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Laker Nation is out in full force as usual during this time of the year. As the Lakers are making a run at their 15th NBA Title, their fans are worked up in frenzy.
The excitement is very evident in the black community, where Laker flags are flying on cars, the bootleggers are up and down Crenshaw Blvd. selling Laker merchandise, and families are glued to their television sets on game day. The Lakers have become a part of our everyday lives, well, at least late fall through the spring.
"The Lakers are like a part of the family," said Neva Netherly, life long Lakers fan. "When I was growing up we'd have Sunday dinner and then watch the Laker game."
The Lakers have a long and rich tradition here in Los Angeles, and many members of the Laker Nation have been fans since before they can remember.
"I can remember hearing Chick Hearns voice when I was three years old," Kenny Hunt said. "I was born and raised in Los Angeles and I've never cheered for another team. I have a lot of memorable moments being at the Fabulous Forum and Staples Center. The Lakers coming back against Boston in the Finals, partying on Crenshaw when they beat the Sixers, Robert Horry's 3-pointer, Kobe's ally-oop to Shaq and the parade at Staples while Chick was still here."
Laker fans have been called "Hollywood" and phony, but that is just not the case. A lot of stars attend the games, but most of the fans at Staple Center are normal everyday people. Many fans will pay over $100 a ticket just to sit in the nose bleeds. There is nothing phony about those fans.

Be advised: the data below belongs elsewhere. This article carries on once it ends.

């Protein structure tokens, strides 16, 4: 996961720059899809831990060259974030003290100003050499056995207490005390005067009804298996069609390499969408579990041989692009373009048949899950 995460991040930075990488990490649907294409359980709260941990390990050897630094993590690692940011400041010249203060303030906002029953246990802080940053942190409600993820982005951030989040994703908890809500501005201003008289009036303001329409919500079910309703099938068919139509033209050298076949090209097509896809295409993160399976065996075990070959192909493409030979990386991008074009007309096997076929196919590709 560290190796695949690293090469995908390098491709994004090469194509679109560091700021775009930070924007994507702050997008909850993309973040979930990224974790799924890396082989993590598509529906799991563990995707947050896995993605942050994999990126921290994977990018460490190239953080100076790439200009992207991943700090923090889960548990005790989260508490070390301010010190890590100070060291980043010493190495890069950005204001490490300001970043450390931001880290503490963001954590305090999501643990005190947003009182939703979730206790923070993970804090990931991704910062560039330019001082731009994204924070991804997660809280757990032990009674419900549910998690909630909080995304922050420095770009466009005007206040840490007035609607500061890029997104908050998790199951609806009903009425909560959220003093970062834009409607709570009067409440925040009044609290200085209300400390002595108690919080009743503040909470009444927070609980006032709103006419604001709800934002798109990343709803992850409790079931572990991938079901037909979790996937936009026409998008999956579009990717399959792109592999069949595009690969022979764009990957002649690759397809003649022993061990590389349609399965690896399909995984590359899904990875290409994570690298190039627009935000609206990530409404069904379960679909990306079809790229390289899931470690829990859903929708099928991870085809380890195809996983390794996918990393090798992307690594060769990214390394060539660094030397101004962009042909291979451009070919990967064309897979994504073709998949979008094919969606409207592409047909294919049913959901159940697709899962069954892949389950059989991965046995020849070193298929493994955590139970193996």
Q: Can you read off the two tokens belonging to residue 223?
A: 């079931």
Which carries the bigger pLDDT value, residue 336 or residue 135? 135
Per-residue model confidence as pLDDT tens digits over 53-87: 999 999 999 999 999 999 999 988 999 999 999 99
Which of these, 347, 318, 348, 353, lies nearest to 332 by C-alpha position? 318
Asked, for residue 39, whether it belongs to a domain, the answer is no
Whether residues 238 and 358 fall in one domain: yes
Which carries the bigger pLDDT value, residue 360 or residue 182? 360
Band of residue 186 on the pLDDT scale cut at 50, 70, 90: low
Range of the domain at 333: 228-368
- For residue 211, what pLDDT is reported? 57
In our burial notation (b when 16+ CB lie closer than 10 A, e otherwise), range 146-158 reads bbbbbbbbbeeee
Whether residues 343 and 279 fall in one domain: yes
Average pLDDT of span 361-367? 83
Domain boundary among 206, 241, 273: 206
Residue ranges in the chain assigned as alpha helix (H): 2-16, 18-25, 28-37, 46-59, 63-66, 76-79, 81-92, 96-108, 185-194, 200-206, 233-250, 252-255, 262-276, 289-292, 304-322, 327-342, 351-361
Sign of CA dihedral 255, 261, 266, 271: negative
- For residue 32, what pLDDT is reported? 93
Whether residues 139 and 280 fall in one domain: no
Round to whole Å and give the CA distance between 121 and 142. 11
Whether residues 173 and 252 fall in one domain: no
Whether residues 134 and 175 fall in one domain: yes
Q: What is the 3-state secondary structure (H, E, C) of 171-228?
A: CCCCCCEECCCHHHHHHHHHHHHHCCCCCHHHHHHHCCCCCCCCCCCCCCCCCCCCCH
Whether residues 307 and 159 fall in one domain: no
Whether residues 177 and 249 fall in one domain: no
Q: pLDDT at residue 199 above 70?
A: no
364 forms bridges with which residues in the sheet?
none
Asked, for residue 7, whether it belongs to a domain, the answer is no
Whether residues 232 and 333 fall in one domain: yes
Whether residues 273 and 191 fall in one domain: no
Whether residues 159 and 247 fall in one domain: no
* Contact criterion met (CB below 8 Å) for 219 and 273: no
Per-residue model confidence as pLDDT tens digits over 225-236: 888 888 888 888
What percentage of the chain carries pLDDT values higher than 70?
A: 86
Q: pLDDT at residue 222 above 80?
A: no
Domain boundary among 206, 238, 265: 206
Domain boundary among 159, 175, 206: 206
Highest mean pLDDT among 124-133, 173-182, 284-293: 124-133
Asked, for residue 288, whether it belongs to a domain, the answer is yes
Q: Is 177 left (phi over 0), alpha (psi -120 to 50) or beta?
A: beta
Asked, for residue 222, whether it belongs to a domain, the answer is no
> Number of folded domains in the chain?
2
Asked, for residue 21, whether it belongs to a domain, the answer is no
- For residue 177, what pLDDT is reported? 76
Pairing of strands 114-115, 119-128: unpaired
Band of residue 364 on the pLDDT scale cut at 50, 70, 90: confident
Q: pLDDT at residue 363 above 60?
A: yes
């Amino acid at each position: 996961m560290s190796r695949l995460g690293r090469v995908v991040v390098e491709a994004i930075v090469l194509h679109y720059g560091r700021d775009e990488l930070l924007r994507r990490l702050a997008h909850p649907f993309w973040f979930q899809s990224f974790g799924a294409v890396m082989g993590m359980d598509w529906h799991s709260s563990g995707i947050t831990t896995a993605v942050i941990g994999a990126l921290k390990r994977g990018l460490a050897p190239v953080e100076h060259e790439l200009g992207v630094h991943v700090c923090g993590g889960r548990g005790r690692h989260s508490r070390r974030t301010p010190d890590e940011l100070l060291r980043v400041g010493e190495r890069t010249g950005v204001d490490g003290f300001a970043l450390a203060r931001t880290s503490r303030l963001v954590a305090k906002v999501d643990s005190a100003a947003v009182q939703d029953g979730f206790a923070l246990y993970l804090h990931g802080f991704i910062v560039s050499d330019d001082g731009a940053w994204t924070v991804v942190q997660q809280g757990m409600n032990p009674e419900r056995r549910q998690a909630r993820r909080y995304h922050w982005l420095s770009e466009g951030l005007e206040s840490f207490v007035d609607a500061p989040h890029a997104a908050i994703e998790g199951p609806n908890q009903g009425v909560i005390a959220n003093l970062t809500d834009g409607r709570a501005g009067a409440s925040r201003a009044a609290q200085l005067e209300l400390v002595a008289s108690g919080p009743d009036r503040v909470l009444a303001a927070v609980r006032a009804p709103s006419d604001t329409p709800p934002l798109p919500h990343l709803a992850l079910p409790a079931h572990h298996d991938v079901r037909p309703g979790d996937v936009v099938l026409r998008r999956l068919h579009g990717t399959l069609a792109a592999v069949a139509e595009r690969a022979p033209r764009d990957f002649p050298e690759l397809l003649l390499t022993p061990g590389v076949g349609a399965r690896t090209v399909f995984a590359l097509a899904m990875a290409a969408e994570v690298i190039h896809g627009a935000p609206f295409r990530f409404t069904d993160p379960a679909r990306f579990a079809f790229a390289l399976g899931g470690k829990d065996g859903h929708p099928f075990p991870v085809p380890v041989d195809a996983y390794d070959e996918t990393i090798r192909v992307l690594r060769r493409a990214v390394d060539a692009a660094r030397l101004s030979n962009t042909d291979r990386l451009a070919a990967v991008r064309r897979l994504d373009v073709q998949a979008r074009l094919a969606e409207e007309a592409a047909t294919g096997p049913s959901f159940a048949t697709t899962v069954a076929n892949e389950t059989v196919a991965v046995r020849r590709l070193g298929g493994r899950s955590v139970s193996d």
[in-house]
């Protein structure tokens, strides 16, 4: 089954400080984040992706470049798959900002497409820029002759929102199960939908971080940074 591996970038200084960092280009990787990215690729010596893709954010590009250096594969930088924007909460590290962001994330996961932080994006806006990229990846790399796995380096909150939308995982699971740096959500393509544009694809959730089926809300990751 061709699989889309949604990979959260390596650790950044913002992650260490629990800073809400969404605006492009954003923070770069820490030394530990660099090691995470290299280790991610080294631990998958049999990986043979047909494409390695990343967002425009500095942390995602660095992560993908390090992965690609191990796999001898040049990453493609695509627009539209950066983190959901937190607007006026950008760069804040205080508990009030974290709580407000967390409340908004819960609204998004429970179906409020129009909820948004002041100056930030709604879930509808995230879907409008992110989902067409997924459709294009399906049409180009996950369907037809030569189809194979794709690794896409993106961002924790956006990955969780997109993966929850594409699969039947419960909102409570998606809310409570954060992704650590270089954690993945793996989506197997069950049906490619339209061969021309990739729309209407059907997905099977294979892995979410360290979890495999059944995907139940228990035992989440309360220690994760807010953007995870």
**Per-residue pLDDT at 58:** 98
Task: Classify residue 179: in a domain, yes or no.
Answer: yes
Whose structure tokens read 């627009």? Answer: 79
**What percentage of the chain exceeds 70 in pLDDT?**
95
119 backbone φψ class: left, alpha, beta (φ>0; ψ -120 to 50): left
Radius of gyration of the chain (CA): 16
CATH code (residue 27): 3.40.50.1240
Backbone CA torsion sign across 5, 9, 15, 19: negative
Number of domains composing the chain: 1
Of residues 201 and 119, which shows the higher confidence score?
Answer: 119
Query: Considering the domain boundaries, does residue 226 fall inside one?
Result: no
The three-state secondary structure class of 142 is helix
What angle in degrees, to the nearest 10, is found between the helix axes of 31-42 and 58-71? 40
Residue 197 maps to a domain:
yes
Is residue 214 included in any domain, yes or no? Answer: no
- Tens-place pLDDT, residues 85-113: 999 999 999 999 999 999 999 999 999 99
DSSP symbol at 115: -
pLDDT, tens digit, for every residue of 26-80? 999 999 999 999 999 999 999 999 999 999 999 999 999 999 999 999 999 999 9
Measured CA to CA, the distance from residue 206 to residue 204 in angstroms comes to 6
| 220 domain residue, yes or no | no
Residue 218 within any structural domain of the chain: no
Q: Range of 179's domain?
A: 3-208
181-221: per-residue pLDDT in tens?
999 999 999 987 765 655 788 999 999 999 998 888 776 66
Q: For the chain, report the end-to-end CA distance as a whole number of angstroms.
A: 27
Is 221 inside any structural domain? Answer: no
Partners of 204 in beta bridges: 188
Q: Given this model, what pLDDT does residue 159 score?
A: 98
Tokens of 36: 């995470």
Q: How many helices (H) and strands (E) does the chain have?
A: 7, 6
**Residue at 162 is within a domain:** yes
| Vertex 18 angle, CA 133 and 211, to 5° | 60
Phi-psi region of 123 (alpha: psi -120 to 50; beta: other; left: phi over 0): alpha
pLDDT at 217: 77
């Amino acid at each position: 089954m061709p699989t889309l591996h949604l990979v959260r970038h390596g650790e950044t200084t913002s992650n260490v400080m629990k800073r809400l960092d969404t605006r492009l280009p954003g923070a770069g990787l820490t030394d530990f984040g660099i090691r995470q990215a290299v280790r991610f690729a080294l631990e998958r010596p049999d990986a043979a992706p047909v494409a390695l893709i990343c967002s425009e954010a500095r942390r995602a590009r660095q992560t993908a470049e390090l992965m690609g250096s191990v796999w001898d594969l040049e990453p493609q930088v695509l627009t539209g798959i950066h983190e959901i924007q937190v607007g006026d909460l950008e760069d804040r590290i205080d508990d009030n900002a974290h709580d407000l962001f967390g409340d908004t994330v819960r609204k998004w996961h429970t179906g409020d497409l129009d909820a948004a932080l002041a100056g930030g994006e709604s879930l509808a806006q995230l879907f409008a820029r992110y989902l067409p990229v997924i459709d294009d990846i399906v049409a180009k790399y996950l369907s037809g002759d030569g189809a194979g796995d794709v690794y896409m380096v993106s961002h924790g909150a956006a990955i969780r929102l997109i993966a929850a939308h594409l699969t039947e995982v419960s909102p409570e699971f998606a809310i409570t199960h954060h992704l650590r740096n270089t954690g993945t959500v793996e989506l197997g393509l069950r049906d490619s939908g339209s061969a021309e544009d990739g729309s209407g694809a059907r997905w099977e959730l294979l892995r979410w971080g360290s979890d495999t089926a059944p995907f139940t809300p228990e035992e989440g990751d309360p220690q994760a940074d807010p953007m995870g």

Most fans do not attend games often, but that does not mean that the Lakers do not have die hard fans.
"I catch the watch the games where I can the most, at home," Hunt said. "If I'm not at home I'll catch the game where ever I am, even if I'm in the TV department at Best Buy."
Laker fans have had to learn to roll with the punches. Even though the team has won 14 NBA Titles, they have also lost in the NBA Finals 15 times. But that's nothing to be a shamed about. Out of 61 NBA Finals that have been played, the Lakers have been in 29 of them. The Lakers worst decade was in the 1990s, when they failed to win a title. But the Lakers qualified for the playoffs nine times, appeared in the Western Conference Finals twice, and the NBA Finals once. That would be a great decade for most NBA teams.
But the Laker haters will tell you a different story. Seems like the Laker haters come out the wood work anytime the Lakers are on the verge of greatness, and there are a lot of them here in Los Angeles.
"I started hating the Lakers when I was five years old," said Andre Hemphill. "As I got older I realized that I just did not like the team at all and when Showtime began, the hater in me rised!"
It seems like the true measure of the greatness of a sports team is how many people hate them. The Yankees, Cowboys, UCLA and Duke basketball, USC and Notre Dame football, and a hand full of other teams, probably have more fans that hate them than love them. Everybody hates a winner, and the Lakers have won so much that they get hated from all angles.
"I tell Laker haters all day if we were not that good you guys would not have anything to hate about," Hunt said. "If it were the Clippers, with no championship history, there would be nothing to hate. People hate greatness."
The losses are tough to take, not just because of the Laker haters. After a loss, like in Game 1 against the Houston Rockets, it is tough to even turn on the local radio stations. Die hard fans just do not want to hear anything about the game.
"It's tough because you expect so much," Tina Divina said. "You talk your trash to the haters, then you gotta suck it up. But it is early in the series, and the Lakers are finishers!"
The Lakers had a set back, but Laker Nation can still feel the NBA Title coming back to Los Angeles.